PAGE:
Tuesday, March 12, 2013

Glow Boys, 1999

 Film by Mark Aerial Waller
Aerial Films, London

Featuring Douglas Park with Nick Barber
 16mm film to video
14min., colour, sound
 A study of the psychological state of the contemporary British nuclear industry. 
The film dramatises original research undertook over the course of a year. 
The script is developed from the pitch black humour of nuclear contract workers Waller met whilst travelling across the UK, from Wylfa in Anglesey, to Sizewell in Suffolk. 
This is a survey of a strange marriage between the maintained decrepitude of post war science.
As "Nuclear Contract Worker" 
on set in canteen-scene 
(Mark E. Smith of The Fall, another Mark Ærial Waller regular, was "The Caterer") 
©, Copyright, Mark Ærial Waller, 1998

Mark Aerial Waller, Glow Boys, 1999, 14mins
In Glow Boys the disaster is brooding, waiting to happen. 
The film takes place in a British nuclear power plant in the company of contract workers who are also known as 'glow boys'. This term was an in-joke at the Three Mile Island reactor during the clean up operation in the late 1970's. Due to a shortage of contractors the same people would return with new identities.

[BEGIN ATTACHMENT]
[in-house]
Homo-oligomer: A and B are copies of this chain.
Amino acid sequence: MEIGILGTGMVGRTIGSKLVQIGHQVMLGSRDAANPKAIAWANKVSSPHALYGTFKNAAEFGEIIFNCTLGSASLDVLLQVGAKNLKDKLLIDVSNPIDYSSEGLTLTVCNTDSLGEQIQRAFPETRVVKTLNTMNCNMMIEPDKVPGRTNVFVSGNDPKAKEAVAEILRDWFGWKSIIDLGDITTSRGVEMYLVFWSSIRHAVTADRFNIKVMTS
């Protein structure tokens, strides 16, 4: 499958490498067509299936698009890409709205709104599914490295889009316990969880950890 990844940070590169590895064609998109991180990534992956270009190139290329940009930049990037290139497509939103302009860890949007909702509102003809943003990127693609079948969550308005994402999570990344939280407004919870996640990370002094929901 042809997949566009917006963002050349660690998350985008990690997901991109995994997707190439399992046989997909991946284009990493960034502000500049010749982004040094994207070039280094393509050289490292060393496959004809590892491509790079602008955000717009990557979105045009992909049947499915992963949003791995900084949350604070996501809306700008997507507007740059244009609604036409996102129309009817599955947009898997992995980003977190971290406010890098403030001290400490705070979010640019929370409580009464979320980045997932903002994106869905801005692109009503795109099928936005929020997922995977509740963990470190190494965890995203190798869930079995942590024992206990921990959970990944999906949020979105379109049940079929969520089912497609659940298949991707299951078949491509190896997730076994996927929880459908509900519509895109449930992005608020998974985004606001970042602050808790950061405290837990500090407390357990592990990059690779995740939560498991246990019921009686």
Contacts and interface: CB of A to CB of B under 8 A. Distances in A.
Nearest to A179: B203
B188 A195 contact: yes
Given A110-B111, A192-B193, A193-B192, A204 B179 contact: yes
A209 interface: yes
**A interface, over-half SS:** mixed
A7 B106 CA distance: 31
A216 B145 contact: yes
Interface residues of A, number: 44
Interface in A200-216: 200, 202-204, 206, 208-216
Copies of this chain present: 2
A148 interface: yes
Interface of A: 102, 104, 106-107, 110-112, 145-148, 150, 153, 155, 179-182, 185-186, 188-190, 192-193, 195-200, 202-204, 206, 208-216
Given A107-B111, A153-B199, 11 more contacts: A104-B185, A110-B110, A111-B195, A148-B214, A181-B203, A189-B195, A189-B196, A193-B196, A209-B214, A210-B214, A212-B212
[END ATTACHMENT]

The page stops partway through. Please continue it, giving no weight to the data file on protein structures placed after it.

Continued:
The glow boys or ‘sponges’ would pick up more and more radiation as well as more and more pay, leading good but short lives. The film and it’s companion ‘Interview with a Nuclear Contract Worker’ is based on extensive research, visits to reactors across Britain, and talks with shift workers, locals and nuclear scientists. The musical score is by contemporary atonal composer Paul Clark and includes a specially commissioned musical performance by Mark E. Smith of The Fall. Interview With a Nuclear Contract Worker, 1999, 9mins The character under interview is an extra from Glow Boys. He weaves a complex narration of his experience on the film set, shifting between his work in the reactor and his analysis of the 'nuclear racket'. Constantly in a state of flux, his conversation shifts from the film time, to the moment of being filmed, to his personal time away from the set. He is a temporal nomad, unconstrained by the controls of temporal designation. “If you think about it, we are, in some way, more celestial, almost divinely appointed. It couldn't happen without us.”

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